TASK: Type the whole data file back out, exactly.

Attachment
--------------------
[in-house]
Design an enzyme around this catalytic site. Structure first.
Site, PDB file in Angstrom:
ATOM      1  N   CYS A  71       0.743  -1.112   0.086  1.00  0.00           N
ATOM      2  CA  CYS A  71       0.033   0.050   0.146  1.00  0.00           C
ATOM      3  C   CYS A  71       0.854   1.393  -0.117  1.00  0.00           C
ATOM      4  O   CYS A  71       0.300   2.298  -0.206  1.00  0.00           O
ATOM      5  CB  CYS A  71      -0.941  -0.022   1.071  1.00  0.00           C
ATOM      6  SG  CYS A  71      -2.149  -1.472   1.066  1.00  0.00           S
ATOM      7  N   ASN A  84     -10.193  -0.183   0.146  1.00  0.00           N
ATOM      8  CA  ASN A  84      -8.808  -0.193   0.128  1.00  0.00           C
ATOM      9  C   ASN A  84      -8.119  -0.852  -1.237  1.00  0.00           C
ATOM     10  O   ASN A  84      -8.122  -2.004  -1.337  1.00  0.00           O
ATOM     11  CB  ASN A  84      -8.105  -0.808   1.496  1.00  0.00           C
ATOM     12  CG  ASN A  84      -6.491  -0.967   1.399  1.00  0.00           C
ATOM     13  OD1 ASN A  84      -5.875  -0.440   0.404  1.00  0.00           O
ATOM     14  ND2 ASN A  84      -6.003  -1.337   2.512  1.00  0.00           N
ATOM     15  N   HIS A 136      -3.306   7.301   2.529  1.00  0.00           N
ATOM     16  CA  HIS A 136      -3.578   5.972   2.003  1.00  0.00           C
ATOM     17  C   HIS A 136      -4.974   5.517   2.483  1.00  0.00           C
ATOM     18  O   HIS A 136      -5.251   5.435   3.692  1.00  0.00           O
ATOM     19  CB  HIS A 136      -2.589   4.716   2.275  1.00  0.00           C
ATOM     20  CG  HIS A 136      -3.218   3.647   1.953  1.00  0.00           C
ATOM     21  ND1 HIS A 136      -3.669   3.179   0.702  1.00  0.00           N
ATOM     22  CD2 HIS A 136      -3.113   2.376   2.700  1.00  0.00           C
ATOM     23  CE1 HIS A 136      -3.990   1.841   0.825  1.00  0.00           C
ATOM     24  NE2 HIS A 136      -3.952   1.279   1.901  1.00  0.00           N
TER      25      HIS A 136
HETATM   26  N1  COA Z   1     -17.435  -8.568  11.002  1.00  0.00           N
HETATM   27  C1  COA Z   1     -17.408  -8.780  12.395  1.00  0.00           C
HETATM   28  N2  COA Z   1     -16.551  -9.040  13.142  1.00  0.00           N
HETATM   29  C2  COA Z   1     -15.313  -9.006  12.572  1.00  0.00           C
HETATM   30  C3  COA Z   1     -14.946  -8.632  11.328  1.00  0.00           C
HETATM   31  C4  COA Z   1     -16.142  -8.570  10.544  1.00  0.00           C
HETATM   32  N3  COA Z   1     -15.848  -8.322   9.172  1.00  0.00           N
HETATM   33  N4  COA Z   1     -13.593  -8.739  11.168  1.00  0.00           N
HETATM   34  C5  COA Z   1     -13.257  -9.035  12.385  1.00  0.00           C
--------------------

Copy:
[in-house]
Design an enzyme around this catalytic site. Structure first.
Site, PDB file in Angstrom:
ATOM      1  N   CYS A  71       0.743  -1.112   0.086  1.00  0.00           N
ATOM      2  CA  CYS A  71       0.033   0.050   0.146  1.00  0.00           C
ATOM      3  C   CYS A  71       0.854   1.393  -0.117  1.00  0.00           C
ATOM      4  O   CYS A  71       0.300   2.298  -0.206  1.00  0.00           O
ATOM      5  CB  CYS A  71      -0.941  -0.022   1.071  1.00  0.00           C
ATOM      6  SG  CYS A  71      -2.149  -1.472   1.066  1.00  0.00           S
ATOM      7  N   ASN A  84     -10.193  -0.183   0.146  1.00  0.00           N
ATOM      8  CA  ASN A  84      -8.808  -0.193   0.128  1.00  0.00           C
ATOM      9  C   ASN A  84      -8.119  -0.852  -1.237  1.00  0.00           C
ATOM     10  O   ASN A  84      -8.122  -2.004  -1.337  1.00  0.00           O
ATOM     11  CB  ASN A  84      -8.105  -0.808   1.496  1.00  0.00           C
ATOM     12  CG  ASN A  84      -6.491  -0.967   1.399  1.00  0.00           C
ATOM     13  OD1 ASN A  84      -5.875  -0.440   0.404  1.00  0.00           O
ATOM     14  ND2 ASN A  84      -6.003  -1.337   2.512  1.00  0.00           N
ATOM     15  N   HIS A 136      -3.306   7.301   2.529  1.00  0.00           N
ATOM     16  CA  HIS A 136      -3.578   5.972   2.003  1.00  0.00           C
ATOM     17  C   HIS A 136      -4.974   5.517   2.483  1.00  0.00           C
ATOM     18  O   HIS A 136      -5.251   5.435   3.692  1.00  0.00           O
ATOM     19  CB  HIS A 136      -2.589   4.716   2.275  1.00  0.00           C
ATOM     20  CG  HIS A 136      -3.218   3.647   1.953  1.00  0.00           C
ATOM     21  ND1 HIS A 136      -3.669   3.179   0.702  1.00  0.00           N
ATOM     22  CD2 HIS A 136      -3.113   2.376   2.700  1.00  0.00           C
ATOM     23  CE1 HIS A 136      -3.990   1.841   0.825  1.00  0.00           C
ATOM     24  NE2 HIS A 136      -3.952   1.279   1.901  1.00  0.00           N
TER      25      HIS A 136
HETATM   26  N1  COA Z   1     -17.435  -8.568  11.002  1.00  0.00           N
HETATM   27  C1  COA Z   1     -17.408  -8.780  12.395  1.00  0.00           C
HETATM   28  N2  COA Z   1     -16.551  -9.040  13.142  1.00  0.00           N
HETATM   29  C2  COA Z   1     -15.313  -9.006  12.572  1.00  0.00           C
HETATM   30  C3  COA Z   1     -14.946  -8.632  11.328  1.00  0.00           C
HETATM   31  C4  COA Z   1     -16.142  -8.570  10.544  1.00  0.00           C
HETATM   32  N3  COA Z   1     -15.848  -8.322   9.172  1.00  0.00           N
HETATM   33  N4  COA Z   1     -13.593  -8.739  11.168  1.00  0.00           N
HETATM   34  C5  COA Z   1     -13.257  -9.035  12.385  1.00  0.00           C